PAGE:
Monday, March 7, 2011

Adopt a Friend, Don't Buy One! - PET STORES = PUPPY MILLS

The picture above is of a pet store that recently opened up in Wappingers Falls, New York. They sell animals that come from puppy mills.

A puppy mill, is a commercial dog breeding facility that is operated with an emphasis upon profits above animal welfare and is often in substandard conditions regarding the well-being of dogs in their care. Similar types of operations exist for other animals commonly kept as pets or used as feed for other animals. The term can be applied to operations involving other animals commercially bred for profit, e.g. "kitty mills." There are an estimated 4,000 puppy mills in the U.S. that produce more than half a million puppies a year. Commercial kennels may be licensed by the United States Department of Agriculture which may inspect the kennels routinely. For-profit breeding on a smaller scale is sometimes referred to as backyard breeding.

If you visit the following link, the website there has well documented cases where the USDA has done inspections at these puppy mills that supply the stores that are owned by Rick Doyle.

The list of violations is not isolated to just this particular store or these breeders/puppy mills. This is a common occurrence all over the country, probably the world, for animals sold in pet stores. When profits are put ahead of concern for the animals health and well being, there is little regard for them, and shortcuts are taken that end up in suffering, diseases and premature death of the animals.

On a personal note to this blog entry, I have a neighbor who bought 2 dogs from the pet store in the Galleria Mall in Poughkeepsie, New York several years back. Within 2 years, one of her dog's went blind, and within the next 3 years, both of the dogs had died from medical problems associated with inbreeding at the puppy mill that supplied the pet store.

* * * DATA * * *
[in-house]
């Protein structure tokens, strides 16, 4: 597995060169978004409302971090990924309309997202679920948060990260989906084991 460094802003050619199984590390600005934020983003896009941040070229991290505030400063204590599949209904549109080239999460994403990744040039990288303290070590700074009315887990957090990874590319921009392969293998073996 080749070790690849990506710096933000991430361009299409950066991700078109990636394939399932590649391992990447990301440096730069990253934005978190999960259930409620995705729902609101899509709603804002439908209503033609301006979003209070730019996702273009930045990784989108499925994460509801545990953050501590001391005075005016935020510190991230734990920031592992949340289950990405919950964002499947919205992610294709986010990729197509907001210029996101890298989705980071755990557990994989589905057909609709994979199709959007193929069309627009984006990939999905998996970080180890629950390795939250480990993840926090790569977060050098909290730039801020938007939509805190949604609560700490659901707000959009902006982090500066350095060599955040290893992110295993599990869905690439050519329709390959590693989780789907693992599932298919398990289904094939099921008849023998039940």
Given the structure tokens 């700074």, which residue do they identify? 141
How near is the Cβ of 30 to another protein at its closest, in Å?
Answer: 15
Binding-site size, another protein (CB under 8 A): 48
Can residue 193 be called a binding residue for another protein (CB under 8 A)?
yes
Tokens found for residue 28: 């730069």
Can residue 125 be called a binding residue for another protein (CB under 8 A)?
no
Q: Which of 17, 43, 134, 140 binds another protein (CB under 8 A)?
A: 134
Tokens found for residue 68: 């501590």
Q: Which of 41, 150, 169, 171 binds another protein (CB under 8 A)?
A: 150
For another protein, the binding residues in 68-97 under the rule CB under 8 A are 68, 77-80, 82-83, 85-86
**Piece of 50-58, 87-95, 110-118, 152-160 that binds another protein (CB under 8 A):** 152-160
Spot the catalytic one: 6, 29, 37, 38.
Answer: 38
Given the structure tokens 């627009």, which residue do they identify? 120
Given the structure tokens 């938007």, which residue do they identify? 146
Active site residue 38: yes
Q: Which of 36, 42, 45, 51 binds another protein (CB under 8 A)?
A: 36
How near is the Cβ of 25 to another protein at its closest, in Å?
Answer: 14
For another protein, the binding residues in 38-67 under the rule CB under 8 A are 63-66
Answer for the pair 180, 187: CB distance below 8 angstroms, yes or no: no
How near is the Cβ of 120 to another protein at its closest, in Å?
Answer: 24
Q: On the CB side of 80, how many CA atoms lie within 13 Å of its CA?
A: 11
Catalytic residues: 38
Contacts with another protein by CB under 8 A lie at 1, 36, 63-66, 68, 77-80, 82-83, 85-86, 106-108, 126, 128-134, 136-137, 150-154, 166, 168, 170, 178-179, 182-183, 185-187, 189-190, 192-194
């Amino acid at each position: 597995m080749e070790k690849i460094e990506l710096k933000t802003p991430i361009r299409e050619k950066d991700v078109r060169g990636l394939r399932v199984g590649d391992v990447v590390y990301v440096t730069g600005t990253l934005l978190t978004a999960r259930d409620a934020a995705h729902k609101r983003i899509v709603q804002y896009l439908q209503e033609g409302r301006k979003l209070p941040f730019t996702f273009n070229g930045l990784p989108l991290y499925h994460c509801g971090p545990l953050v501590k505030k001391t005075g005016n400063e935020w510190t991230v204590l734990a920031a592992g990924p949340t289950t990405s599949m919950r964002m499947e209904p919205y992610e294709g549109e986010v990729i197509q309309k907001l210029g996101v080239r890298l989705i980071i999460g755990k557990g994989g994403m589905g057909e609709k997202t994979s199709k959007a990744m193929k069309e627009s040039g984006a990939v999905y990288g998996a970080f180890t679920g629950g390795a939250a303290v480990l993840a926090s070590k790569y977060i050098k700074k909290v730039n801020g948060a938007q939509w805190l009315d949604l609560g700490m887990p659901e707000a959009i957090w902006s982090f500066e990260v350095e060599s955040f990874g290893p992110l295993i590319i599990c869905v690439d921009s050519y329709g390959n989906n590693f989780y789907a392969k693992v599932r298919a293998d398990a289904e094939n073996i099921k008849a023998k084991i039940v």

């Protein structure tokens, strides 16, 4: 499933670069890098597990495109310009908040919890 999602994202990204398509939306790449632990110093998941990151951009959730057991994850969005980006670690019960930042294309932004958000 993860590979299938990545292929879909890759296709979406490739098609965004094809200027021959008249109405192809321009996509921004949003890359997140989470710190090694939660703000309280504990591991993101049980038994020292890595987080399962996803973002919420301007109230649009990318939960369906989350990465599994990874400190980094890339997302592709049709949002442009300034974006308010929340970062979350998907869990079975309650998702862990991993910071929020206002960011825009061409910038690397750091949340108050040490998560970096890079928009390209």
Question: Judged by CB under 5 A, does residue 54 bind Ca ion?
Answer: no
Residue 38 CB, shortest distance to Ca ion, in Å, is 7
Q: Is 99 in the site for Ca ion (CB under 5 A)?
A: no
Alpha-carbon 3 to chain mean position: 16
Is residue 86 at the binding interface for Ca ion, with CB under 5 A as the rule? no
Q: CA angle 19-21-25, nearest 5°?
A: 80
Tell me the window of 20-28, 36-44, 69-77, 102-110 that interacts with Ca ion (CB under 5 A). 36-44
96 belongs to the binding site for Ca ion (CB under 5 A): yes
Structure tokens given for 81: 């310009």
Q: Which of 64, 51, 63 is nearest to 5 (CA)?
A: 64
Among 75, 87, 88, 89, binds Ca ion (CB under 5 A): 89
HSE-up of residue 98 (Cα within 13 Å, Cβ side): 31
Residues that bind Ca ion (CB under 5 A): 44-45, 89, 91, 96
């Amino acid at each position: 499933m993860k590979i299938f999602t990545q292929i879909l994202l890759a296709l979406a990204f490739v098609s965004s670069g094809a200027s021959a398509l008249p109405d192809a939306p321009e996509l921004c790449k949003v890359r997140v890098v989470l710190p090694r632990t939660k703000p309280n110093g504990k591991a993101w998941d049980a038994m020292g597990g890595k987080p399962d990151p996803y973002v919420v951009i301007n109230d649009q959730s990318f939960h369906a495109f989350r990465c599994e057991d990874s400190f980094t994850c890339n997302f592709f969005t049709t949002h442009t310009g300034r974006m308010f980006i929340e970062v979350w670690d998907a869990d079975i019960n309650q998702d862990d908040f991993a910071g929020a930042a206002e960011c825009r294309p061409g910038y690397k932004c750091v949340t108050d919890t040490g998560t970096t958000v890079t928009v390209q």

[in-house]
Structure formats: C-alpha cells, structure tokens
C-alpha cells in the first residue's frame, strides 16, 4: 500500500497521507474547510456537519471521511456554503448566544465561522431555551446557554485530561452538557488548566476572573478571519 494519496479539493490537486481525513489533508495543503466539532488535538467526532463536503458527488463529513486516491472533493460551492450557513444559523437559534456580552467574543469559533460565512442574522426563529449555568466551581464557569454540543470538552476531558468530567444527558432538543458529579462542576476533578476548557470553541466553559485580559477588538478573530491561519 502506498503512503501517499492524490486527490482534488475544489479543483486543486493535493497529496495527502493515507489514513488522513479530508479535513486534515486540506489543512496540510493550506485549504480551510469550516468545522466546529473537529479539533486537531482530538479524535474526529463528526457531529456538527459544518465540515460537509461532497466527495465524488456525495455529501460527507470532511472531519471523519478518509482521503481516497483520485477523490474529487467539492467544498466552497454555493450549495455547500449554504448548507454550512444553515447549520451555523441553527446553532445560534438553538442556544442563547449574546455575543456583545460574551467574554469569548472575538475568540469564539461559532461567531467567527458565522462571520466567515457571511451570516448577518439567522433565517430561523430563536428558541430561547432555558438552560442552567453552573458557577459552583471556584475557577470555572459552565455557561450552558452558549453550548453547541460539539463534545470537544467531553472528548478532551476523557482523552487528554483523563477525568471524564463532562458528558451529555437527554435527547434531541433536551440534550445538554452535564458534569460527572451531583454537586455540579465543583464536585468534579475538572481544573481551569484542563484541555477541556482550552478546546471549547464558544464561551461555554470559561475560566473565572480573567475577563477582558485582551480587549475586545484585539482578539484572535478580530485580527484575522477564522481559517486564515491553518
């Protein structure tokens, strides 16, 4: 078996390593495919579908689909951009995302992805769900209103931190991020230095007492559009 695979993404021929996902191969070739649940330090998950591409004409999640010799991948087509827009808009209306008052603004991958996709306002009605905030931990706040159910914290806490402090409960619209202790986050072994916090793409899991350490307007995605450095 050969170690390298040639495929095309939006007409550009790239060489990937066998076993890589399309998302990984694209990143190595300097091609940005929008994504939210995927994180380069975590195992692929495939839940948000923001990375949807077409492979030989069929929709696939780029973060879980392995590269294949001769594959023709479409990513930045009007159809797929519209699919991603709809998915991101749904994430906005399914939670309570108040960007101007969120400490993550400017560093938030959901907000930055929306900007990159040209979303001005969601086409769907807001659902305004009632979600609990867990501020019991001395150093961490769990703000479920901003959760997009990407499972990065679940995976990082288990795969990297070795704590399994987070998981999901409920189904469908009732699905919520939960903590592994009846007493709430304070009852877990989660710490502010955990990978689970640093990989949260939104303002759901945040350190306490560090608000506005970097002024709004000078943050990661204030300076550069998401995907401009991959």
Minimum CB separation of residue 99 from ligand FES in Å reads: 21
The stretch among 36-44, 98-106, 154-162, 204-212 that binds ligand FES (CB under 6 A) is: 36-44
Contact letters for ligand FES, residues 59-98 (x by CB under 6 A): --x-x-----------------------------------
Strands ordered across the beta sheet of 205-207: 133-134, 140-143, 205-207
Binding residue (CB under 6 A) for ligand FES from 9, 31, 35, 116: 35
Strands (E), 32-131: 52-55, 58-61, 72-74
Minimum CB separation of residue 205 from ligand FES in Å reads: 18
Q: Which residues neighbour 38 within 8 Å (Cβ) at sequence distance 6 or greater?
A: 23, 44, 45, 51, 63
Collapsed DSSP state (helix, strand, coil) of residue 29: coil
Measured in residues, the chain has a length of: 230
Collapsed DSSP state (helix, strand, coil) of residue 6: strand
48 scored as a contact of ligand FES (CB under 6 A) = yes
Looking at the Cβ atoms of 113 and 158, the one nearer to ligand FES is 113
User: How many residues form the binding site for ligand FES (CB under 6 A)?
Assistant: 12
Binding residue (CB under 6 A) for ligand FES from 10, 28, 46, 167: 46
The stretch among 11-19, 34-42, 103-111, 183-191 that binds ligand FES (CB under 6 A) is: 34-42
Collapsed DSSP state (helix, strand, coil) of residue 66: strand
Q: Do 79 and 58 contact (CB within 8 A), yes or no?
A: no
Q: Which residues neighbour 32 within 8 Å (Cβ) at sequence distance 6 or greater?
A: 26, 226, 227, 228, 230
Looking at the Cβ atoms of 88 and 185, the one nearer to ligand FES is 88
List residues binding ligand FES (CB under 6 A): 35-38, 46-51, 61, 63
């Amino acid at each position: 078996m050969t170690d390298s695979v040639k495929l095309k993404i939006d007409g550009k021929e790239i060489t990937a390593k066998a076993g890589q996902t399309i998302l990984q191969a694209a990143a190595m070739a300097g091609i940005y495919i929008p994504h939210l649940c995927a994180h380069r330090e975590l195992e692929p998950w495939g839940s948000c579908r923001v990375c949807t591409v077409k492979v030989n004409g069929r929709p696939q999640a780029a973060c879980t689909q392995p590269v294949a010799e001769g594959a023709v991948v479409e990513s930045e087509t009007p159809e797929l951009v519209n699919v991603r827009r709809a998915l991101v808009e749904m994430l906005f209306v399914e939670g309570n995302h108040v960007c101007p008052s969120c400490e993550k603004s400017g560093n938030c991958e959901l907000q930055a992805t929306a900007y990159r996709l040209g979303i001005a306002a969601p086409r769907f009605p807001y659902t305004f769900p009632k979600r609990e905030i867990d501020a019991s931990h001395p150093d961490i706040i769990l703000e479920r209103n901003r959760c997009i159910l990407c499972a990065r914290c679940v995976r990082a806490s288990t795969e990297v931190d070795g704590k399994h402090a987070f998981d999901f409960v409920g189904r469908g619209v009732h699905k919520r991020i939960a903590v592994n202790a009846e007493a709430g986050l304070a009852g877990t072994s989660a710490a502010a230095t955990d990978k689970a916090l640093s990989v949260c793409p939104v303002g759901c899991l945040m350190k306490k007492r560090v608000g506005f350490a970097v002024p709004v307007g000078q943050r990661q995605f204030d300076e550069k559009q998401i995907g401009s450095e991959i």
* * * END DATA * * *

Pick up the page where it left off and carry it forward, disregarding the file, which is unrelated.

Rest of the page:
As a volunteer for the Dutchess County SPCA, I see dogs and cats that are currently waiting to be ADOPTED by loving families. These animals need a home. By adopting rather than BUYING, you are not only saving the life of an animal that desperately needs a "forever home", you are also saving the lives of future animals that would have been born in a puppy mill to supply the unnecessary demand, and you are not funding these horrible practices, and greedy people. If we take away the DEMAND for puppies in pet stores, the puppy mills will cease to exist and will have to find another way to make money, sparing future generations of suffering. It's common sense ecomonics. Supply and demand.

Save a life, ADOPT your next best friend.

The following video shows exactly where pet store animals come from. Please watch it. And think......Do you want to contribute to this cruelty?

To adopt an shelter animal, please visit your local SPCA or go to:

Adopt A Pet

In Dutchess County go to

For more information on puppy mills, visit

Thank you!



  1. This is a beautiful statement of life for life, Michael!
    In appreciation,

  2. This business will be looking over their shoulders soon. The education of the public is well underway about puppy mills. And with the bylaws at city council levels banning the sale of dogs and cats in pet stores (all over North America) it's just a matter of time until puppy mills are criminal operations.

  3. We were going to buy a Beagle puppy from this store. He was a good dog, even though we knew he came from a puppy mill. Most Beagles will just sniff sniff sniff everything, but he played around with us, still sniffing occasionally. Thing was he was four months old - the oldest one there. When we came back two or three days later, half the dogs were gone including the Beagle. We were heartbroken, because he probably got sent back to the mill to be part of the program or euthanized. We're going to get a puppy from North Shore though. I'll never forget him, and I really hope he at least went to be part of the program so he has a chance at being saved by the SPCA.

  4. I just recently bought a "jack-a-bee"(jack russle, beagle) puppy from this store. I love her to death and her purpose was for my newborn son to have a family dog. I made a mistake however, I should've adopted and rescued a dog from a shelter. I don't regret my dog because I love her, it's just unfortunate that I have only gotten to spend a small amount of time with her due to the fact only 4 days after I bought her she was diagnosed with severe pneumonia. Her lungs were completley full of mucus, with no room for any air. She was minutes away from dying. I am now up to almost 5,000 in vet bills to get her better. I'm a 20 year old independent mother, who now has no savings for her son and is at risk of losing her car. Something must be done about these mills and stores ASAP!!!!

  5. but if you get a puppy from a kennel aren't you supporting puppy stores too? since most puppies in kennels were at once in a pet store? puppies in pet stores deserve homes too, it's not their fault that they're there.


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